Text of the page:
Hardwood Flooring
Hardwood Flooring

Dustless refinishing myths explained

Whether people like it or not I’m a pretty straight shooter when it comes to evaluating products and procedures in the industry. It’s my job to provide the best to my customers. Better products are synonymous with better service. Marketing gimmicks are pretty useless in my eyes.

Last week we refinished a floor for a customer who had been the victim of a well-marketed franchise. Specifically they swore up and down that the job would be done on time and would be dustless. The opposite was true when they returned from their vacation in Mexico. There was apparently enough dust from the sanding that they dust traveled through a closed door and covered everything in one of their closets. We own a “dustless” vacuum and we found that our Lagler sanders actually do a better job at collection than adding a vacuum can do. Our dustless system has now been relinquished to the duty of dust vacuum in the shop when we use planers and saws. A big part of why “dustless” vacuums do very little is that good floor sanding machines capture dust and send it back to collection at a rate that exceeds the vacuum capacity of every “dustless” vacuum we’ve used. We have used “dustless” machines by Bona (including the trailer mounted vacuum), Clark, and Oneida and found that the extra setup time and equipment yielded minimal benefit in comparison to our fleet of sanding machines Lagler.

I took this photo really quickly while in traffic. The advertising promises 99% dust free. How exactly do you measure that? This phrase allows 1% of the dust to escape into your house. If you have two trash bags of dust from an average sanding job that weigh approximately 100lbs total, then that is one pound of dust that is allowable. Dust is not dense. 1 lb of dust would occupy roughly one large gallon Ziploc bag. What if I threw that in front of a box fan and told you it was acceptable? Remember, the refinish is still 99% dustless according to the marketing. Yes, this is where the homeowners who seek out information keep reading. The rest will click away and say that I’m a cynic.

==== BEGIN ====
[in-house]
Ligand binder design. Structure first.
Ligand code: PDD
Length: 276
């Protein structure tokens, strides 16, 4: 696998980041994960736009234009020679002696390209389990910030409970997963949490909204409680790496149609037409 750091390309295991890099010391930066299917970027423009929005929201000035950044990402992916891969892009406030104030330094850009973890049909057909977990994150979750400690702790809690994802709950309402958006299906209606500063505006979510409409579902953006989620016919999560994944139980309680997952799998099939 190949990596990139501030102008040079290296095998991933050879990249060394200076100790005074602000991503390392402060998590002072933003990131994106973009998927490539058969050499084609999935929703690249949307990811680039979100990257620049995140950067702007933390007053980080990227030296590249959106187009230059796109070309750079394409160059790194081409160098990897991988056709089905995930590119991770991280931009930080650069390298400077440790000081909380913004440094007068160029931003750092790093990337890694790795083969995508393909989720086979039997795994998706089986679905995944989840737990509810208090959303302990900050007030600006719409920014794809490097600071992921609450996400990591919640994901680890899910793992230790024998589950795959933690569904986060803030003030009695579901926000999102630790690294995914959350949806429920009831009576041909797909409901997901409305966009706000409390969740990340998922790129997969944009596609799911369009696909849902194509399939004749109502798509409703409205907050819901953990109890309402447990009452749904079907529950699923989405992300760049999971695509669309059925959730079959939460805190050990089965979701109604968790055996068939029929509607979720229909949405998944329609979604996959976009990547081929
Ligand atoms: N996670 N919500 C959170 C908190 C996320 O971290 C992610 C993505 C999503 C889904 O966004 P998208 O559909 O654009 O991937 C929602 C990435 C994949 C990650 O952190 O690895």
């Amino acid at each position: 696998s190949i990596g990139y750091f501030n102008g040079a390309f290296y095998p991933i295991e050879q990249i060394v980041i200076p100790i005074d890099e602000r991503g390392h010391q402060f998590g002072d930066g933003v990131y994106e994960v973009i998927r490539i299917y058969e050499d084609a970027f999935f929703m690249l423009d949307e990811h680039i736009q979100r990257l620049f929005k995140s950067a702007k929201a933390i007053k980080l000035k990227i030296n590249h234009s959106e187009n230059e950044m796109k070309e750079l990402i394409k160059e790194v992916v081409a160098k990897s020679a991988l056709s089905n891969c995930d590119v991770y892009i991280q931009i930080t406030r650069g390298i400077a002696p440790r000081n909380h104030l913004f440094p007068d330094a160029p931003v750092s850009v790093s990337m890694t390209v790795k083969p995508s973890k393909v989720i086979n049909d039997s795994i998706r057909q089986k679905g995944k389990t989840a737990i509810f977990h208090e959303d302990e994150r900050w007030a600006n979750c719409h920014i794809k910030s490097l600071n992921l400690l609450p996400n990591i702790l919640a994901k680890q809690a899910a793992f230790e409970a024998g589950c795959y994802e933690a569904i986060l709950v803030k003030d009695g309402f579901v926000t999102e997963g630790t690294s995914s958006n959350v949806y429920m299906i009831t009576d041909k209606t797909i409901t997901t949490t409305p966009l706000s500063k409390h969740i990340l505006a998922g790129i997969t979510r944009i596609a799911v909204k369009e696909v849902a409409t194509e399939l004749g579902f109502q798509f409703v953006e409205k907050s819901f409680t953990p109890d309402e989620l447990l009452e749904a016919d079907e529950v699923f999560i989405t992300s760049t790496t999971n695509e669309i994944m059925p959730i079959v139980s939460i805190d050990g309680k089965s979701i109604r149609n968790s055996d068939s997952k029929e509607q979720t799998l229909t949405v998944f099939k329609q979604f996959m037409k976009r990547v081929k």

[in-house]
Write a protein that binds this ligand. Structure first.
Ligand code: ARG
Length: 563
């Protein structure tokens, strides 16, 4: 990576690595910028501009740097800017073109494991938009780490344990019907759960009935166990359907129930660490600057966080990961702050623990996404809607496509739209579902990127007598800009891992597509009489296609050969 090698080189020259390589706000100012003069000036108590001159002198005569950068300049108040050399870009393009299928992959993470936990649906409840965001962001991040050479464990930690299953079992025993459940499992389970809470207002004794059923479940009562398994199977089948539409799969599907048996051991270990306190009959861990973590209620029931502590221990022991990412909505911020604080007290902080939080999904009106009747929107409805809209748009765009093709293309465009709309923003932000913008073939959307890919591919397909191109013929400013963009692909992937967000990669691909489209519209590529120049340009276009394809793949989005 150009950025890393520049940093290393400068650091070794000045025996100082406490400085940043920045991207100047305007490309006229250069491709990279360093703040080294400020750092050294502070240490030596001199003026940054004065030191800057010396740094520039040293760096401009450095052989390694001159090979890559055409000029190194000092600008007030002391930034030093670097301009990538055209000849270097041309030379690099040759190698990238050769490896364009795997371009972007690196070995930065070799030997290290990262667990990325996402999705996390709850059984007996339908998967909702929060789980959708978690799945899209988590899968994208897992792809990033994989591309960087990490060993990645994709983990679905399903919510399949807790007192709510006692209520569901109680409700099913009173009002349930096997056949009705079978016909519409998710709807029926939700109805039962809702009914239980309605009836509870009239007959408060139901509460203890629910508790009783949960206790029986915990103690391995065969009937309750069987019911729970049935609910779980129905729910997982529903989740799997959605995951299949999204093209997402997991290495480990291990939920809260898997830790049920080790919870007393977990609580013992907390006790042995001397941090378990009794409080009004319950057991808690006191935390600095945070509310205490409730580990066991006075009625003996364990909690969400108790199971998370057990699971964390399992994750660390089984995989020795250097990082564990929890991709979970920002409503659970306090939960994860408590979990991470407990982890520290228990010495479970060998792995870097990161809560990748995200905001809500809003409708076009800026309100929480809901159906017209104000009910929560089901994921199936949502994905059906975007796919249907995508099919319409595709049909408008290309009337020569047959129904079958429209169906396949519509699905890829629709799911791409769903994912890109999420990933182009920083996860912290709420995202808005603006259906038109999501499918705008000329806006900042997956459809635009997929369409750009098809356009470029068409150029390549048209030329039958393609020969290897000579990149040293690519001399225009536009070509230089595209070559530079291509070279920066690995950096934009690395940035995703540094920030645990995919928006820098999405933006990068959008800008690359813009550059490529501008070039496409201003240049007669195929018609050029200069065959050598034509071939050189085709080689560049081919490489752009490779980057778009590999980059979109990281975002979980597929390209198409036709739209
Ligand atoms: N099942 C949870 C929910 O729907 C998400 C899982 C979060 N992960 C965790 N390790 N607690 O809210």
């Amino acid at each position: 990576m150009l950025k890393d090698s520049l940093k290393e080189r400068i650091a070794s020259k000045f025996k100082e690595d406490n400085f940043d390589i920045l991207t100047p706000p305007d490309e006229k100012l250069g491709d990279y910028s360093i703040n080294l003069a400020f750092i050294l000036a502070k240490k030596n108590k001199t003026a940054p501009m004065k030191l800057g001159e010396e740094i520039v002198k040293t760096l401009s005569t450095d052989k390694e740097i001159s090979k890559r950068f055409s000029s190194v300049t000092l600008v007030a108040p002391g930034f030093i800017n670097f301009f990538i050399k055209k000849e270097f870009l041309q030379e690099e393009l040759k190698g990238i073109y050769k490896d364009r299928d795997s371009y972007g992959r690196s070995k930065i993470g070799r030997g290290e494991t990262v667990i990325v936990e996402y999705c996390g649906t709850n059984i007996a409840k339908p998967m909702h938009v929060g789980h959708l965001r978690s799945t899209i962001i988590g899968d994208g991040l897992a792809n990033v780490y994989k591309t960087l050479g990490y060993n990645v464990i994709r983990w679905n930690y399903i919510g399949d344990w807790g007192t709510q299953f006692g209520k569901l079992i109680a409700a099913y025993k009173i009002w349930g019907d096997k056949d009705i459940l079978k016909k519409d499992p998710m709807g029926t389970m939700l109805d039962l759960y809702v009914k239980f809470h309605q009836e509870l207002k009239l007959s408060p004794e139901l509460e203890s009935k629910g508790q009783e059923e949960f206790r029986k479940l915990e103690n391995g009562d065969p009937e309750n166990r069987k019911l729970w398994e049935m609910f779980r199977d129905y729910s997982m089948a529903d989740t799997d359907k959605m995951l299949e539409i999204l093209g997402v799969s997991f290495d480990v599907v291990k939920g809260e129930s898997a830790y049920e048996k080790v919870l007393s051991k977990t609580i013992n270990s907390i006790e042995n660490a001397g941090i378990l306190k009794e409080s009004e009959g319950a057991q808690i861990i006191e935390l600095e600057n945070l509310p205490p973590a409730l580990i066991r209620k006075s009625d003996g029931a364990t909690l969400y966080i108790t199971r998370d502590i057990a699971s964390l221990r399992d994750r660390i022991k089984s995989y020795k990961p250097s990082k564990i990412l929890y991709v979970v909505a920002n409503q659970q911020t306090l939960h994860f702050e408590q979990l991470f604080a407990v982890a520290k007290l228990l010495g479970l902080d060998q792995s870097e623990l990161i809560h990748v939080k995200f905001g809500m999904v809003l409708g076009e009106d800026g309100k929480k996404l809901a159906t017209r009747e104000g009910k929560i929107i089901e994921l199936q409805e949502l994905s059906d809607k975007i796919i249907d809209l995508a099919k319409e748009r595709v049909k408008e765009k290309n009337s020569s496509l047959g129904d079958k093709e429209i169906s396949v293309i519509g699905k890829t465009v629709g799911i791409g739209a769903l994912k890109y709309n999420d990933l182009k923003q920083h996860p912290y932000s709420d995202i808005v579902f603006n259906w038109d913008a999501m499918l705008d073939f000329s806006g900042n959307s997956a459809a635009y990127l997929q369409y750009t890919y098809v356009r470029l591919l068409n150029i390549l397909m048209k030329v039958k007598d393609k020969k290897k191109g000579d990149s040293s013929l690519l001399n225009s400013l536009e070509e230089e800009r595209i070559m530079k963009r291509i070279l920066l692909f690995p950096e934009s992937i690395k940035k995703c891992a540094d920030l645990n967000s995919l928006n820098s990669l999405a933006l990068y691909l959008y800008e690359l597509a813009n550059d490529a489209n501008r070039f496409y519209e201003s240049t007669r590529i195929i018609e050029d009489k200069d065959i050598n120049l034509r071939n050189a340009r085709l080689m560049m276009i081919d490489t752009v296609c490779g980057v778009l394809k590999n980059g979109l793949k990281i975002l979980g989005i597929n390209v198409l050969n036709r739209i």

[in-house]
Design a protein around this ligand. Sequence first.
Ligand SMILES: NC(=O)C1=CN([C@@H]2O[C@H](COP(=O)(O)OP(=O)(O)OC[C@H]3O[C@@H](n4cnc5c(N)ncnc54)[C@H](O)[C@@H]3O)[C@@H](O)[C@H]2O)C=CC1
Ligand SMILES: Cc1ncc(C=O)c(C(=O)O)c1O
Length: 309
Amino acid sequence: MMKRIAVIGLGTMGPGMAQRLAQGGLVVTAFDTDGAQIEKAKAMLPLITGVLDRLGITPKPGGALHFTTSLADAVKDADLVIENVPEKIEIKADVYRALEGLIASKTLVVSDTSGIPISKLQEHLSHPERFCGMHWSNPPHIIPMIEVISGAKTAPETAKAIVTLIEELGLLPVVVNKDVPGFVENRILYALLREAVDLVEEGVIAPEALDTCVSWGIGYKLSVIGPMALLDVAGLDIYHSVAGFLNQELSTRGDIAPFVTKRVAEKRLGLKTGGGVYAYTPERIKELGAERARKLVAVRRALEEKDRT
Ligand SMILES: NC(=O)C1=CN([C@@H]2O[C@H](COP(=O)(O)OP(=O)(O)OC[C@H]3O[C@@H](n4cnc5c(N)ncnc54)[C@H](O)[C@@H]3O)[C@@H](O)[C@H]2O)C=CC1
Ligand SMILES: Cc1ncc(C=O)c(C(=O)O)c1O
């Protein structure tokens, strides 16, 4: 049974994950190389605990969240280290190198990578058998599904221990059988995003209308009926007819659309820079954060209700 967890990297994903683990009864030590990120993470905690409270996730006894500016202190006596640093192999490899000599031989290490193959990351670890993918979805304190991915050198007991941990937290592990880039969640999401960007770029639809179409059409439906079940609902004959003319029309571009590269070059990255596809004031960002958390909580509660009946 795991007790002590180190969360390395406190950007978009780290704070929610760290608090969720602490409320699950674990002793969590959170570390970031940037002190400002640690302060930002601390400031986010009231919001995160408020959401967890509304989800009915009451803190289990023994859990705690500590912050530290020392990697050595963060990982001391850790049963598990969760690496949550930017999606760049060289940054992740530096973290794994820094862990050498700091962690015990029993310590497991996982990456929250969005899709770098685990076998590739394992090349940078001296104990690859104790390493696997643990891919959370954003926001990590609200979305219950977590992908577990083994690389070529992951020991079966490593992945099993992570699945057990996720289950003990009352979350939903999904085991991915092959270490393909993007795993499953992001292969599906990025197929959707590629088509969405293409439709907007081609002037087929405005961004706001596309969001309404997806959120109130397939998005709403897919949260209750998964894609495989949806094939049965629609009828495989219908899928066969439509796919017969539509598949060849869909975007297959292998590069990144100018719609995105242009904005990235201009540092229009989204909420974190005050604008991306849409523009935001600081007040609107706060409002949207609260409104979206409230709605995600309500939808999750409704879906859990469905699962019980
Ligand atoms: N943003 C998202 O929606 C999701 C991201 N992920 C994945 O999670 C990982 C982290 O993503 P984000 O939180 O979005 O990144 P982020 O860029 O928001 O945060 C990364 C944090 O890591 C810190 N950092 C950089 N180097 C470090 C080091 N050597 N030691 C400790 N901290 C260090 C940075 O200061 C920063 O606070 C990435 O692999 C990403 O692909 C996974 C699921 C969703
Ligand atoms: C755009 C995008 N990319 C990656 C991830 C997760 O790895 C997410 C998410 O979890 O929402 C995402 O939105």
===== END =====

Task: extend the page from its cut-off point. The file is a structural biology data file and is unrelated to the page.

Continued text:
It’s not my duty to make gimmicks and sales pitches as an NWFA certified professional. I have a duty to honor what I say. So here’s my take on the hardwood floor refinishing that we do: When we leave your house will be clean. Whatever methods we use to end up at a clean house is our decision but the end result should be a clean house. Hire your contractor based on the quality of their craftsmanship, knowledge, and enthusiasm. Gimmicks lack value and you may end up wasting time hiring companies with a slick salesman who has never sanded or installed a floor and simply passes work orders to the first guy who is available who owns a sander.

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